Author: Michail Antonow &
Jens-Peter Schliemann

Publisher: Winning Moves 2004

Awards: none



The Caribbean in the 18th Century: over the years, the colonies have become rich by trade and mining, and thus they have become a perfect victim for pirates. A lot of treasure has been accumulated in these cities, and it is these treasures the players will be after...

As can be seen, the players in this game will take up the roles of Pirates who try to spread their infamous reputation by raiding the Caribbean colonies. However, unlike other pirate games the players will not have their own ships as playing pieces, but instead each round they will need to bid for the services of the six different pirate ships in the game in order to enlist the help of these different ships.

As starting setup, the gameboard is spread between the players and the six pirate ships are placed at their starting positions on different spaces on the board. Furthermore, the 16 available treasure chests will be randomly mixed, and while six of them will be revealed and placed on the cities indicated on the chests, the remaining ten chests will be stacked into pairs of two chests each and they will be put away for use later in the game. To finish preparations, each player will receive a set of seven "Bribe cards" (displaying Rum barrels with a value from "-1" to "5") and a holder in which to put those cards.

The game now can start, and as indicated above the players now will try to convince the captains of the six different ships on the board to join them for this turn. The question which player will control each of the ships is determined in a bidding round which takes place at the beginning of each turn. Thus, each player now simultaneously and secretly assigns six one his bribe cards to each of the pirate ships, whereas the seventh card of each player remains hidden and may be used as an additional bid in case of a draw. Once all players have made their bids, the movement phase starts.

The movement phase for each of the six ships is dealt with in an identical manner: The first thing all players do is that they will simultaneously reveal the bid which they have made for that ship, and control of that ship for this turn will go to the player who has made the highest bid. The player now may move this ship at his digression, and the number of spaces the ship may be moved corresponds to the number on the bribe card which the player has used. However, the movement allowance is reduced by one for each "-1" card the other players have used to bid for this ship.

I f the highest bid resulted in a draw between two or more players, the bidding will continue and now each player may decide whether he wants to use his seventh bribe card to increase his bid. Once again, the players simultaneously reveal whether they want to use their seventh card or not, and if now a highest bidder is found that player may move the ship according to the number on the first bribe card which he has used for this ship. If the result is still a draw, the ship may not move this turn at all.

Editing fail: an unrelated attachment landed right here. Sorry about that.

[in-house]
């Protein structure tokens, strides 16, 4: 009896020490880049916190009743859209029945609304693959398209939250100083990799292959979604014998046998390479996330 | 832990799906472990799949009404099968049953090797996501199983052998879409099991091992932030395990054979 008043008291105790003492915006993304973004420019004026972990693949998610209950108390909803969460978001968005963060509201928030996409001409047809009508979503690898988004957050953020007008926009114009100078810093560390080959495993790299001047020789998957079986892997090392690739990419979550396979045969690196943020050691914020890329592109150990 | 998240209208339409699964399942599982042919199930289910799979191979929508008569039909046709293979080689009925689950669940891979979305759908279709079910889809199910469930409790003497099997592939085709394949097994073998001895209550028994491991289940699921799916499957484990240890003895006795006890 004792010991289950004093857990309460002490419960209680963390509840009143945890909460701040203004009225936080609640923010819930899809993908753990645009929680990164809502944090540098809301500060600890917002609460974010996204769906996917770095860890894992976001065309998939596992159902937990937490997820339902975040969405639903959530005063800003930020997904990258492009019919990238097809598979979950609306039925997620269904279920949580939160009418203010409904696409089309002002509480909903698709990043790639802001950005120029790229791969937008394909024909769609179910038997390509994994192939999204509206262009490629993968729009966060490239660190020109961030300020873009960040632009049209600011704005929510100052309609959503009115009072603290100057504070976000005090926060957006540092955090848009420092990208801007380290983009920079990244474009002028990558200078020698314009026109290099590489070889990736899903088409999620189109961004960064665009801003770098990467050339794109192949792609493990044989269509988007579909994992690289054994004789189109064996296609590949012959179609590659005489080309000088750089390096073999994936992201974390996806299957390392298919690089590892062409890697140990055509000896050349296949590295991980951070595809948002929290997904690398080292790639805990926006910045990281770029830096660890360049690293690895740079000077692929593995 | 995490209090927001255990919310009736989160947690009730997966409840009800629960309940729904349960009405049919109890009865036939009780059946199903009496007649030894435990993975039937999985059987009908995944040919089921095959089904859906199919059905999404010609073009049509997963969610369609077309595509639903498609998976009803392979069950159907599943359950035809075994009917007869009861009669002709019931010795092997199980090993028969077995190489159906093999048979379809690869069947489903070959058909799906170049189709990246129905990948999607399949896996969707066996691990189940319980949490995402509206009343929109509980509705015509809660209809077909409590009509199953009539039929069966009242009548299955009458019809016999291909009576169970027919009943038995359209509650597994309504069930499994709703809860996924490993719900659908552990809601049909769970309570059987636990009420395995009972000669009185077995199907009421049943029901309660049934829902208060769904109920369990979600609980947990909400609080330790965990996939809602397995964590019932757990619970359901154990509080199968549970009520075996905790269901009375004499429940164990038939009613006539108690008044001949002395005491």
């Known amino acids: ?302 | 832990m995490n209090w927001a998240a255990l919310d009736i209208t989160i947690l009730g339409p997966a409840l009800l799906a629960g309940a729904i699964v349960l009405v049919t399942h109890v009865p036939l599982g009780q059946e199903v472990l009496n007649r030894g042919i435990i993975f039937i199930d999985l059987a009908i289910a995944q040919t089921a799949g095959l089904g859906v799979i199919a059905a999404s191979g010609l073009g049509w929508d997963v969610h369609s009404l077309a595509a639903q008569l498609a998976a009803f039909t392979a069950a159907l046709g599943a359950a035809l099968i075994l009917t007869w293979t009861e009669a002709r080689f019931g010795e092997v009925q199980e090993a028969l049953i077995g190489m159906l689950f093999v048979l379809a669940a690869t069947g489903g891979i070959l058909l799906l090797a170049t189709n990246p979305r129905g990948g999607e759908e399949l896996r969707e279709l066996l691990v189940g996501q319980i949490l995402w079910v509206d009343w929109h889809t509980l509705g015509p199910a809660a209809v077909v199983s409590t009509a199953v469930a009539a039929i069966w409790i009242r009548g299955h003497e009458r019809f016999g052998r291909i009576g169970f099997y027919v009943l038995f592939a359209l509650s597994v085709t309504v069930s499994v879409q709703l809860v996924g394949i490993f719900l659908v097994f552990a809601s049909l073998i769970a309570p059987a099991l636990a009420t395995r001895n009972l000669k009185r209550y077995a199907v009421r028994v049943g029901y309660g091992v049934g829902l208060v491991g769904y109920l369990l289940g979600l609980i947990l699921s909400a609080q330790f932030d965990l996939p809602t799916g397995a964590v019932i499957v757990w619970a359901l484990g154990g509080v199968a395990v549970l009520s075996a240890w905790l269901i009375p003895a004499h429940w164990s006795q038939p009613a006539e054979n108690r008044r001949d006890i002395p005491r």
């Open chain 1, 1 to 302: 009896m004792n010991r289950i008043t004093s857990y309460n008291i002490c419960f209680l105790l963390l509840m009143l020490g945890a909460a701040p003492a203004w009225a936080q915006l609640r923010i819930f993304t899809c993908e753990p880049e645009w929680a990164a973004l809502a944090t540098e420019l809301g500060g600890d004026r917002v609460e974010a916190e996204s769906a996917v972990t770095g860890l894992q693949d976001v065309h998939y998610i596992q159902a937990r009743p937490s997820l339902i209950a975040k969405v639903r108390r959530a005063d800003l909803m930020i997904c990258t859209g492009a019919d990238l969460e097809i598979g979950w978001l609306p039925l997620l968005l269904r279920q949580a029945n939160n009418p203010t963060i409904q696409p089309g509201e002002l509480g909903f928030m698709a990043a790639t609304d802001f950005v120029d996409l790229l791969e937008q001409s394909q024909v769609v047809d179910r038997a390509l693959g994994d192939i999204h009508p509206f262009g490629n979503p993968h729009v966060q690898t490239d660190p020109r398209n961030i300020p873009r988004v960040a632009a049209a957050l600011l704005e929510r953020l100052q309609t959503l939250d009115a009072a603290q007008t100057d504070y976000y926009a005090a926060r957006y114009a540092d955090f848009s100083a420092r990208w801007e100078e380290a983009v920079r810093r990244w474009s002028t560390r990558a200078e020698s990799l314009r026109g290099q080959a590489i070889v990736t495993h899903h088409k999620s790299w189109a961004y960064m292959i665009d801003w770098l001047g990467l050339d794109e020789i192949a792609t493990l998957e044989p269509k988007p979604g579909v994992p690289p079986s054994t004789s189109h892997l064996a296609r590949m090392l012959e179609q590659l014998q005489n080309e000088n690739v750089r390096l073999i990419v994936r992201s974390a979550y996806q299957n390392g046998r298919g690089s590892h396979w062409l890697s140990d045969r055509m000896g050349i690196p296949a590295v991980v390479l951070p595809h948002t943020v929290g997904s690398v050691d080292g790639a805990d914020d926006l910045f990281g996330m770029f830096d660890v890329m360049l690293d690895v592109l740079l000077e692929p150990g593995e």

While moving the pirate ships, it is the aim of each player to raid one of the towns on the gameboard and load the treasure chest which he must try to bring to one of his three hideouts. Thus, a ship may...

  • move around on the gameboard;
  • raid a town and load a treasure chest;
  • steal a treasure chest from a ship in an adjacent space;
  • exchange its treasure chest with a chest from a ship in an adjacent space or
  • give ist chest to an empty ship in an adjacent space.

Once a ship with a treasure chest has reached a hideout the player may remove the chest from play and will receive its value in gold. However, in most cases the problem will be that a player will not be able to raid a town and then bring the treasure to one of his hideouts all in one turn. This is the point in the game when the real strategy will start, since now it becomes obvious that a player will have to take the positions of the different ships on the gameboard into calculation while making his bids. Being highest bidder on ships in good strategic positions sometimes allows a player to cause a "chain reaction" which will assist him to get valuable treasures, whereas even a well-figures plan still may be thwarted by a player who has made a higher bid on a ship necessary for a player's calculations...

The game will be won by the first player to accumulate a fixed amount of gold, with the amount of gold depending on how many players are participating.

To my mind, the most outstanding fact about Karibik is the very high degree of player interaction. The author actually succeeded in integrating the bidding mechanism very well into the mechanics of a boardgame, and this in turn makes the game very speculative with good "bluffing" options and rather fun to play. Gathering treasures is one point, but it is equally satisfactory to see a player's plans go bust due to a well-timed bribe card, and this element of malicious joy gives the game a very high replayability rating...

Looking for this game? Visit Funagain Games!

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Copyright © 2006 Frank Schulte-Kulkmann, Essen, Germany